Waymo cars in San Francisco are taking a puzzling detour to a dead end – again and again – for no reason anyone can work out. CC-licensed photo by zombieite on Flickr.
You can sign up to receive each day’s Start Up post by email. You’ll need to click a confirmation link, so no spam.
A selection of 10 links for you. Not a dead end. I’m @charlesarthur on Twitter. Observations and links welcome.
Top Democratic lawmakers unveiled a major proposal Thursday that could hold digital platforms like Facebook and Twitter legally responsible for making personalized recommendations to users that lead to their physical or emotional harm.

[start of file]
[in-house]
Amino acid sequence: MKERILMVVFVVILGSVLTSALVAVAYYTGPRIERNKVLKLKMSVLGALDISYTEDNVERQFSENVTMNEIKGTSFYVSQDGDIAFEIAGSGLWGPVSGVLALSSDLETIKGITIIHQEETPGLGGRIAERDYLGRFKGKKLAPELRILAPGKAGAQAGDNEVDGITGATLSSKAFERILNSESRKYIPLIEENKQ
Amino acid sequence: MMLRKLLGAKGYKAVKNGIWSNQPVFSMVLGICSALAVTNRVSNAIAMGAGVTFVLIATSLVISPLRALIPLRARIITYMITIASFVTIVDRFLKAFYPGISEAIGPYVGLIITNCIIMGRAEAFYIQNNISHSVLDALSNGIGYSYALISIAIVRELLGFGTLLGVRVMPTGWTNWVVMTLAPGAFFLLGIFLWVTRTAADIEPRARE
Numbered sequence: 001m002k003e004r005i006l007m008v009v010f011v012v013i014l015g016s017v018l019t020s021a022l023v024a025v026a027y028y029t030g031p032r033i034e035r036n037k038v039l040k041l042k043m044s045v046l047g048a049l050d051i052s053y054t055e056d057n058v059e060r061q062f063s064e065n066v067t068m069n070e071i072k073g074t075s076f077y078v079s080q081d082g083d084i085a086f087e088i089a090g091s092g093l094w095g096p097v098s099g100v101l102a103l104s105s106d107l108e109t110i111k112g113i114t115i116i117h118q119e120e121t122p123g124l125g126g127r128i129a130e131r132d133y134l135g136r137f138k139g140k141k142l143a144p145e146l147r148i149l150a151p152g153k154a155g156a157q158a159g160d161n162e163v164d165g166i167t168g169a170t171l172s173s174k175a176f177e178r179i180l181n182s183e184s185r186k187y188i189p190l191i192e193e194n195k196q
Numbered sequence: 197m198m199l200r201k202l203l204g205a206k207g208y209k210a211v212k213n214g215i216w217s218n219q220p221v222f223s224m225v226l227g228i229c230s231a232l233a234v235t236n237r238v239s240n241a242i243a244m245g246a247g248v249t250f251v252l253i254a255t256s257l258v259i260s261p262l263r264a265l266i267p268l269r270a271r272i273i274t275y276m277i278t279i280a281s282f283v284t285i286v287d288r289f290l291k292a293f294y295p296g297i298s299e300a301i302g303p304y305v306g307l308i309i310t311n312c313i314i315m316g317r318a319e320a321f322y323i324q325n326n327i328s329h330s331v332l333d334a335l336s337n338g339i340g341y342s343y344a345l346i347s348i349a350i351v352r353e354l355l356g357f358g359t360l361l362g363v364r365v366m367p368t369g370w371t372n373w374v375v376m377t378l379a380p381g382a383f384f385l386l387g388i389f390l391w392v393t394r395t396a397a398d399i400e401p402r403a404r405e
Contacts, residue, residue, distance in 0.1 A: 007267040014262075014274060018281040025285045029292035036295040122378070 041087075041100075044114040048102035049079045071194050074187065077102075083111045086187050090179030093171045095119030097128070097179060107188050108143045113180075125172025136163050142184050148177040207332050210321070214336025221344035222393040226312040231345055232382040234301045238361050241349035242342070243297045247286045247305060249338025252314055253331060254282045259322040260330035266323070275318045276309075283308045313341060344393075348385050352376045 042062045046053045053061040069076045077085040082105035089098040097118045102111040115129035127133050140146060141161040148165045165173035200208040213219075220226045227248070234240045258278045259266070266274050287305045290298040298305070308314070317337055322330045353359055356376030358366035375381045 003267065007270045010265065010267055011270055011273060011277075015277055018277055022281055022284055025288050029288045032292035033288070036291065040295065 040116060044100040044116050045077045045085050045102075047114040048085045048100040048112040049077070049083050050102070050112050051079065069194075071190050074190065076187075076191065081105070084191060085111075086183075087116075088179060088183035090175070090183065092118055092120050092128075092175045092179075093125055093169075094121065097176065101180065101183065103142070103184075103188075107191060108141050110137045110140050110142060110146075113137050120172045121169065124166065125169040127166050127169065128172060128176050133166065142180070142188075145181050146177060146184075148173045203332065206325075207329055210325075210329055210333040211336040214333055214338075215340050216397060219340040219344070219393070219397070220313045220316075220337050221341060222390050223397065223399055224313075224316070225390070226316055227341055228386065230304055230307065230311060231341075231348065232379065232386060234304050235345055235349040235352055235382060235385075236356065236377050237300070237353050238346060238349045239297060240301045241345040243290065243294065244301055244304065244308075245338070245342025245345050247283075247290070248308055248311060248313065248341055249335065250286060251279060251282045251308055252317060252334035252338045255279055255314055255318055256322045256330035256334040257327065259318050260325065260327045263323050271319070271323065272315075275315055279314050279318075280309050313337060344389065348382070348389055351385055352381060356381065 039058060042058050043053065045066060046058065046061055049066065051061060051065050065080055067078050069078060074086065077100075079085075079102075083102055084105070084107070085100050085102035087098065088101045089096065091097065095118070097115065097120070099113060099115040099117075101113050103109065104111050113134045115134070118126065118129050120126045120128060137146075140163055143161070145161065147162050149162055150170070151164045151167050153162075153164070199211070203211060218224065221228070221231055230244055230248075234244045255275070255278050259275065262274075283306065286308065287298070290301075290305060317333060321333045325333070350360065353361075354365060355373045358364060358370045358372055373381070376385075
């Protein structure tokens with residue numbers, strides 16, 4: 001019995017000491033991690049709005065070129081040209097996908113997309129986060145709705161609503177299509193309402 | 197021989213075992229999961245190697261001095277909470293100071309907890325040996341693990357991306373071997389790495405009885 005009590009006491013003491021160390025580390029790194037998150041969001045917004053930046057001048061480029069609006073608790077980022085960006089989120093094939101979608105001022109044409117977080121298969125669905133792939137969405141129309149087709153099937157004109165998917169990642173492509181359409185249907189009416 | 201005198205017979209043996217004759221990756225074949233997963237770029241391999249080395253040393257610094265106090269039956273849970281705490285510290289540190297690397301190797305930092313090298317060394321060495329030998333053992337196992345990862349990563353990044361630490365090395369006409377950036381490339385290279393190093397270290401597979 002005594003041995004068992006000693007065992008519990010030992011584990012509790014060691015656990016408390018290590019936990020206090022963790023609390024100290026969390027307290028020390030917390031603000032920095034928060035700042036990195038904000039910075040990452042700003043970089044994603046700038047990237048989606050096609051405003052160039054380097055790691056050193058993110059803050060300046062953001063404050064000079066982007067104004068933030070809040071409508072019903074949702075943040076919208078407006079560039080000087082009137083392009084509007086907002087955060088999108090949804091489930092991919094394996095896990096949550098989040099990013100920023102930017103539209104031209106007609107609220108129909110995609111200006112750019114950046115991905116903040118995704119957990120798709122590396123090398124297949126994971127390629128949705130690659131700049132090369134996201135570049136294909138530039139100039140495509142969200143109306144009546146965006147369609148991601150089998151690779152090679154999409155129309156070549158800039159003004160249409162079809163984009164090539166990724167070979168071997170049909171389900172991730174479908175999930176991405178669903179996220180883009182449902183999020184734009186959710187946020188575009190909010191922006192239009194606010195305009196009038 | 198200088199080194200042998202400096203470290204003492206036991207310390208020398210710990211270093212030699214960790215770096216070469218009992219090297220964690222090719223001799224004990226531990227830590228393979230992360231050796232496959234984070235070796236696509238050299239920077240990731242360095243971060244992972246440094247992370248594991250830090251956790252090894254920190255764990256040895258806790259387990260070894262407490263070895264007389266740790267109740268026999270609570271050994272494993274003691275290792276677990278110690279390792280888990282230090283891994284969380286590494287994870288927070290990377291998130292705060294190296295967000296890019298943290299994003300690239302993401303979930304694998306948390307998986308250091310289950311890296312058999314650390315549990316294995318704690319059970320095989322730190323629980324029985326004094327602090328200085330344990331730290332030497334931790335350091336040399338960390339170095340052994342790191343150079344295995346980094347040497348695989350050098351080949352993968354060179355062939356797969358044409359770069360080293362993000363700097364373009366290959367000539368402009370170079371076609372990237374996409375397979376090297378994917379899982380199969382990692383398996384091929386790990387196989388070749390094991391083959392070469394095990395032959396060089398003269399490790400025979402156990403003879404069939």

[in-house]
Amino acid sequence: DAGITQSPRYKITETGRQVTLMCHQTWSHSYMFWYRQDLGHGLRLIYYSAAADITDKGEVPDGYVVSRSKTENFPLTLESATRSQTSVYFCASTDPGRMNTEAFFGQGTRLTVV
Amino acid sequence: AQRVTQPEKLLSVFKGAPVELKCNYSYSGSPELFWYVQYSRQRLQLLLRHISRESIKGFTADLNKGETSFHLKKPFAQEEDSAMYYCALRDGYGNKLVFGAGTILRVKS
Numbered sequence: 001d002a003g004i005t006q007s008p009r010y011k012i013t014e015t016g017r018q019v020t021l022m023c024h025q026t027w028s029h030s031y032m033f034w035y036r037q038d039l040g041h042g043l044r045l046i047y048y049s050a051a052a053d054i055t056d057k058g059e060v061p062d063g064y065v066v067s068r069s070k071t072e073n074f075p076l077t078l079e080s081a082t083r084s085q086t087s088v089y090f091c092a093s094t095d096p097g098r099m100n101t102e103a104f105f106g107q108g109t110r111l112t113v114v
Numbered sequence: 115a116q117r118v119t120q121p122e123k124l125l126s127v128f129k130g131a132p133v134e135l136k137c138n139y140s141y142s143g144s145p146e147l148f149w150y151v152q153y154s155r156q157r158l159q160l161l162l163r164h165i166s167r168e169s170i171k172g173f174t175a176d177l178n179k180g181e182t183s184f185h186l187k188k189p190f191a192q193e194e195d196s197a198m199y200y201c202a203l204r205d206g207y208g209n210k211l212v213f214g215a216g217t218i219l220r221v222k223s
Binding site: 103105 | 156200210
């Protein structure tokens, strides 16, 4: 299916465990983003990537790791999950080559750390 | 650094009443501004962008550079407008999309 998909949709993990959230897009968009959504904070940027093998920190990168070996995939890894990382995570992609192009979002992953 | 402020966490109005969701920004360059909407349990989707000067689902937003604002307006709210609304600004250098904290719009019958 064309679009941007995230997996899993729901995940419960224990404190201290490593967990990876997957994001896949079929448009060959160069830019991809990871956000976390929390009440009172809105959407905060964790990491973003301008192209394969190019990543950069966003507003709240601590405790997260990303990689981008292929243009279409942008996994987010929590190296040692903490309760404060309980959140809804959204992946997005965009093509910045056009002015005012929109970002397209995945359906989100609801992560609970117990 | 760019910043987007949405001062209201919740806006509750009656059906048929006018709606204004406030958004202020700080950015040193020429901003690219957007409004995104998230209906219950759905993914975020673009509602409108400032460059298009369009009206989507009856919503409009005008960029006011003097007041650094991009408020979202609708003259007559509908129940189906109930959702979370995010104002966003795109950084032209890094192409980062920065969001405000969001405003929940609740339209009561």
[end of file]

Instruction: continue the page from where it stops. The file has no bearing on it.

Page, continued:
The bill comes amid a groundswell of scrutiny of how algorithms can amplify harmful content in the wake of revelations by whistleblower Frances Haugen about Facebook’s risks. Her disclosures to the media and policymakers have shined a spotlight on the way Silicon Valley’s often-opaque systems can surface dangerous material.
The legislation marks one of the most significant threats in years to the tech industry’s liability protections under Section 230, a decades-old law that shields a broad range of digital services — from giants like YouTube and Instagram to smaller sites like Etsy and Nextdoor — from lawsuits for hosting and moderating user content.
The bill is set to be introduced Friday by four leaders of the House Energy and Commerce Committee — Reps. Frank Pallone Jr. (D-N.J.), Mike Doyle (D-Pa.), Jan Schakowsky (D-Ill.) and Anna Eshoo (D-Calif.) — which holds broad jurisdiction over tech issues including Section 230.
“Designing personalized algorithms that promote extremism, disinformation and harmful content is a conscious choice, and platforms should have to answer for it,” Pallone said.